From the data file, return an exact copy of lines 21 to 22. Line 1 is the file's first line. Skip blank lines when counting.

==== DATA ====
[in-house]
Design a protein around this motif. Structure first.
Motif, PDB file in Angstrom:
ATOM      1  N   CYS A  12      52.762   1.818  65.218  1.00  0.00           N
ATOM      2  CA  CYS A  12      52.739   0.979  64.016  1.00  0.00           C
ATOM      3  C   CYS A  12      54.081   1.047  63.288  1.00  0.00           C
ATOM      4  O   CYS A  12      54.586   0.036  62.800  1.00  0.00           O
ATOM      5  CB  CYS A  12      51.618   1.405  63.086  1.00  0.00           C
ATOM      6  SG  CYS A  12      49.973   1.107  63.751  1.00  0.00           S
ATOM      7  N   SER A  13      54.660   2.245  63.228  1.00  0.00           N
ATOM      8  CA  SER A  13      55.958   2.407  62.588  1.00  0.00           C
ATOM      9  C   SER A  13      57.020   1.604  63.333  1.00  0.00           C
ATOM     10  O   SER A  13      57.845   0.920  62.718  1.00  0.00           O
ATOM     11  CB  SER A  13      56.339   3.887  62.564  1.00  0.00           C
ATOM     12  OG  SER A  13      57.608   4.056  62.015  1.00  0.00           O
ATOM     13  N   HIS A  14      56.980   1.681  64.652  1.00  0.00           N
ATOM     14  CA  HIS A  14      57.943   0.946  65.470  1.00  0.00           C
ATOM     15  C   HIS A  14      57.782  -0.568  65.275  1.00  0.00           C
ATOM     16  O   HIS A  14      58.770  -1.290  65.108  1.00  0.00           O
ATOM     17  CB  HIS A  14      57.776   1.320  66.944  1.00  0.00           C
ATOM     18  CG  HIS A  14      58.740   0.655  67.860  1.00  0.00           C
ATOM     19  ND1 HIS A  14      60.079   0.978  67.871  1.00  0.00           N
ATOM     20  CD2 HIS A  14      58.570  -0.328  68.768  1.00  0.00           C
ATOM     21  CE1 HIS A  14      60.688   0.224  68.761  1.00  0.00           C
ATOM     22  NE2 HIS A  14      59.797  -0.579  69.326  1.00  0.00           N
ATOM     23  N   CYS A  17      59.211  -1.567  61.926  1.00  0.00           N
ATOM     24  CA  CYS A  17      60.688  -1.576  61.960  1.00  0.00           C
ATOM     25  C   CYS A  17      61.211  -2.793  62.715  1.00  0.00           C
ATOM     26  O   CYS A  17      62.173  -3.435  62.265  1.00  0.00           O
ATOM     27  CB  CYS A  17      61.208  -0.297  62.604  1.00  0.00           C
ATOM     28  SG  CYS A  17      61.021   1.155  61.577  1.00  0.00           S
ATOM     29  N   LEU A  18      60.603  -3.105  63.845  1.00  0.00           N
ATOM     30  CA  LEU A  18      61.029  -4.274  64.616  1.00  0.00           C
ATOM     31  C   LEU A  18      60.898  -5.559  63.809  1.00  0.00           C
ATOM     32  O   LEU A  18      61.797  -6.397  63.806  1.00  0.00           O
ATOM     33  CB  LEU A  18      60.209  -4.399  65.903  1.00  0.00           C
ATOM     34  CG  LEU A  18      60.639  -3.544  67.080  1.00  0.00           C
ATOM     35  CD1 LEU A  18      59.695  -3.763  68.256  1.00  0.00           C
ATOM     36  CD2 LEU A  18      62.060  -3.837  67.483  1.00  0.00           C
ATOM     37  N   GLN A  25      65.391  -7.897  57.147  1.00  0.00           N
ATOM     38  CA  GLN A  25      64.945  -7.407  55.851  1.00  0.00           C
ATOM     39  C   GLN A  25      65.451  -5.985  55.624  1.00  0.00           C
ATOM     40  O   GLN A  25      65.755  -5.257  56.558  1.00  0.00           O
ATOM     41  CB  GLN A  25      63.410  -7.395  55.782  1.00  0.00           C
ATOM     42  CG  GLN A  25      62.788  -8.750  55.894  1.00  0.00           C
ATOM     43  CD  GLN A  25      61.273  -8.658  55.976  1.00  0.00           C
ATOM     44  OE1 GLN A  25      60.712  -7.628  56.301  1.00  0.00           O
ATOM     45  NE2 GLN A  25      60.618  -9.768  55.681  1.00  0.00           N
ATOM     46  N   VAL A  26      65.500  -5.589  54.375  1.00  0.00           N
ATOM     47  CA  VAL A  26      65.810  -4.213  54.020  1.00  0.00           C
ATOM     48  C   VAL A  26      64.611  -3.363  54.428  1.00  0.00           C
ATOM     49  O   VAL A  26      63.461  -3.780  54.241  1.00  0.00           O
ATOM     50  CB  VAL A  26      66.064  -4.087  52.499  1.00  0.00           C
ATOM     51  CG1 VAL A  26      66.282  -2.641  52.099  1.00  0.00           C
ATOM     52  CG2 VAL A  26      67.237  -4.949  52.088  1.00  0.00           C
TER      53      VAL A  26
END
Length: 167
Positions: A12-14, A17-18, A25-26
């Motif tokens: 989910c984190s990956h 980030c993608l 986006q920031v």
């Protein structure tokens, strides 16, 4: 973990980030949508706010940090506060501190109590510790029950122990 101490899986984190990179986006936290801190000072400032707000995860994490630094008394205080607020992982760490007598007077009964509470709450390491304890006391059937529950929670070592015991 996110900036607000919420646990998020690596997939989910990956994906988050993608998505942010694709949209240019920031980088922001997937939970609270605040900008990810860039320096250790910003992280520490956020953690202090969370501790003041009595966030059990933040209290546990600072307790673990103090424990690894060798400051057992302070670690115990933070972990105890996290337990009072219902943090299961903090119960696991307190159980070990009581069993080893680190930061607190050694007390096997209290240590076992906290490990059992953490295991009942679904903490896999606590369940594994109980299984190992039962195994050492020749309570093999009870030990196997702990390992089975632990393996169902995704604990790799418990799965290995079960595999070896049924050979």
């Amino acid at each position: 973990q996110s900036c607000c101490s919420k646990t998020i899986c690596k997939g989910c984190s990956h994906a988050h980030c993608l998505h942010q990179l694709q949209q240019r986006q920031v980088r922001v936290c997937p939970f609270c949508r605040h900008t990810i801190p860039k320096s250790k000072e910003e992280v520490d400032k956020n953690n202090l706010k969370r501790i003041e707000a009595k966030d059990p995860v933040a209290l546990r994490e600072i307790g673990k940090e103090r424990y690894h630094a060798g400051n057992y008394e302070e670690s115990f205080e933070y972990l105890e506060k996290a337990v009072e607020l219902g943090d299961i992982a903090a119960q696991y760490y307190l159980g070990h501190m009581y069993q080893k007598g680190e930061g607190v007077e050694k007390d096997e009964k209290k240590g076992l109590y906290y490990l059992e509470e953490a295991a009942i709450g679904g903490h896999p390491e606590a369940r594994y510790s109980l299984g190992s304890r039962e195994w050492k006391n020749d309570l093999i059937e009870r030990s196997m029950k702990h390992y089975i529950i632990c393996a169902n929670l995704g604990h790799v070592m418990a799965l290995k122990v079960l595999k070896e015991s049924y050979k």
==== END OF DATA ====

ATOM     18  CG  HIS A  14      58.740   0.655  67.860  1.00  0.00           C
ATOM     19  ND1 HIS A  14      60.079   0.978  67.871  1.00  0.00           N